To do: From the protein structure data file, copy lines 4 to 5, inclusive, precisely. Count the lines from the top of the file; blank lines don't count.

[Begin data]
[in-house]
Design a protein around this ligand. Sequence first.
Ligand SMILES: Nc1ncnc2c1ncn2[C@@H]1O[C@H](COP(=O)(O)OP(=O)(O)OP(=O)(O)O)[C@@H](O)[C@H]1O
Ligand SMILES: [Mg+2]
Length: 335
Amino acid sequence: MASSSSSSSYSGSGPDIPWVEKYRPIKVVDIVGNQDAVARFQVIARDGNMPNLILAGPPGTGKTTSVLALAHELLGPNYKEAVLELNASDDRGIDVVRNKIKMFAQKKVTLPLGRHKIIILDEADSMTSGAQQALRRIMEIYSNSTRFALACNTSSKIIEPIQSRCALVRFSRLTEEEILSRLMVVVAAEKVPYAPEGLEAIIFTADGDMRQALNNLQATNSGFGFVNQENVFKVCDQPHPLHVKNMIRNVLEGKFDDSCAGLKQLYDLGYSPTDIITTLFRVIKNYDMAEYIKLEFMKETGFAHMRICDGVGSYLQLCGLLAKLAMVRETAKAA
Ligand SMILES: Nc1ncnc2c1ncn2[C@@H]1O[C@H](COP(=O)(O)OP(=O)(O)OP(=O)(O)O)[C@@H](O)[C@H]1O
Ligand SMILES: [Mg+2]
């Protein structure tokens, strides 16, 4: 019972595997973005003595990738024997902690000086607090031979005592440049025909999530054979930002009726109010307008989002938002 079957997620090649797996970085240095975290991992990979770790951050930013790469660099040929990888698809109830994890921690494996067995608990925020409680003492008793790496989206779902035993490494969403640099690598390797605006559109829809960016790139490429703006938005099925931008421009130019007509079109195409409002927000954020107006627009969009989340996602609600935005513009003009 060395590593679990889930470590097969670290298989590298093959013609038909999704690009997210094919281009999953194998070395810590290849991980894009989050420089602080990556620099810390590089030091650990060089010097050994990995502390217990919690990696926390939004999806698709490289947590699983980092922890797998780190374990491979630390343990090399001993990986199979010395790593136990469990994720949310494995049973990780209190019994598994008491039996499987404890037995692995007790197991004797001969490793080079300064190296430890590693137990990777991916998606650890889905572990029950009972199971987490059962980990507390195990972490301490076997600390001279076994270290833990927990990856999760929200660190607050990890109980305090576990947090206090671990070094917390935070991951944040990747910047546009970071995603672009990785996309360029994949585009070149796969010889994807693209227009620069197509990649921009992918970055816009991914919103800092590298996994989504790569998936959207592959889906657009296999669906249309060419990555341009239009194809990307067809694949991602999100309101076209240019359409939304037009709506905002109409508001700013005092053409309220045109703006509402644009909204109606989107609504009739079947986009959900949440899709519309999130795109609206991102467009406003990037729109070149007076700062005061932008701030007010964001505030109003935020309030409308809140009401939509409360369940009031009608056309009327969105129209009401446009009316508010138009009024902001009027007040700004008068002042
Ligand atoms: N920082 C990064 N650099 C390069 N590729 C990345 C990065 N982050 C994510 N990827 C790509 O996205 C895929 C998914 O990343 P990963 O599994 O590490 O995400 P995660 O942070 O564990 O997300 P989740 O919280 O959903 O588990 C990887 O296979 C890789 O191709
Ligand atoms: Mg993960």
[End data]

Ligand SMILES: [Mg+2]
Length: 335